8. The Town Hall
The First Town Hall?
Following the creation of a 91 free men and women, who bought their freedom from the Earl of Ferrers in 1251, there were two administrative systems in Higham, one implemented by officials under the egis of the Duchy of Lancaster, the other organised by the newly enfranchised free men and women, the Borough officials. It is possible that the two administrations had different “offices” perhaps the Duchy officials working from the castle and the Borough officials working from a different building. This building might have been in the centre of Higham as shown on the 1591 map, where a substantial building with outside steps to an upper floor can be seen in the middle of the town. Similar buildings still exist in Market Harborough (The Old Grammar School built in 1607) and Peterborough (The Old Guild Hall rebuilt in 1671).
The Second Town Hall?
The Borough officials were paid a salary, and Thomas Chichele (father of Henry who later became Archbishop of Canterbury) was paid four marks for his labours in office and his expenses when he was Mayor of Higham in 1381.
Fire was a constant hazard and it is conceivable that this building was destroyed by the 17th century. If so, it is possible that the Borough offices were moved to Wood Street in the Tudor building which later became a coffee tavern and reading room. This building, now demolished, was built in the 17th century, and on the front it was decorated with a long strapwork plaster panel.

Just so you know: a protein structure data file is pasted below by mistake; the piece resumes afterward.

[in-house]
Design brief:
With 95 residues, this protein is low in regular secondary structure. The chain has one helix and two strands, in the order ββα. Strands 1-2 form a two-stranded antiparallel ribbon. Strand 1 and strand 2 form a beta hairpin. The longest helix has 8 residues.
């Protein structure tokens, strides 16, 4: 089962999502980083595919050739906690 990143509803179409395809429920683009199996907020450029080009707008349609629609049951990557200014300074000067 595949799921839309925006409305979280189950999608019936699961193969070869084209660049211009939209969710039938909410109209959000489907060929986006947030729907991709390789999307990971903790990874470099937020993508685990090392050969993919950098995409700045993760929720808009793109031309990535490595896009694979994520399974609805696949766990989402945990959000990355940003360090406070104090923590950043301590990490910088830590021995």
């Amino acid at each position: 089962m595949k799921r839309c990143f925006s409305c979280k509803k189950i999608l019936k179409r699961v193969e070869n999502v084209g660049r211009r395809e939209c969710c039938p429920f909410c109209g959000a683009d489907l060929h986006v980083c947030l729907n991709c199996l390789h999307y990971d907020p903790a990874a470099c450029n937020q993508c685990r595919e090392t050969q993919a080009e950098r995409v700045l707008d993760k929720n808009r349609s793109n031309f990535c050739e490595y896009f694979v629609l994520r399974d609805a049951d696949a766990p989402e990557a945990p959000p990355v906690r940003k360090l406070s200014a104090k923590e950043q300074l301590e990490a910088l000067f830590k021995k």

The final Town Hall
By the beginning of the 19th century, it was decided that the Town needed a new and purpose-built Town Hall. This final Georgian version was constructed in 1808 at a cost of £755. To create space for the new build, buildings on and adjacent to the Market Square were taken down, including the town bakehouse.
To the rear of the Town Hall is a small lock-up for apprehended criminals. At the time of the construction of the Town Hall there was much lawlessness, with bands of displaced people roaming the countryside as a result of enclosures and the Revolutionary and Napoleonic wars, stealing sheep, cattle and poultry, and maiming horses. Prosecution was always a private matter, and expensive, so groups of farmers and tradesmen banded together to pay for policing the parish, and sharing the costs of prosecuting captured felons (held overnight in the lock-up.) The Higham Ferrers Association for the Apprehension and Prosecution of Felons was founded in 1810 for this purpose, and continues to meet annually.
The Common Seal
A copy of this is on the front of the Town Hall, and on the ground before it. It shows a hand in apparent blessing over 9, or in some versions, 10 heads. It is suggested that it dates from close to the date of the original charter in 1251, and one reading of its meaning is that God offers His blessing on the whole community— God bless us, everyone.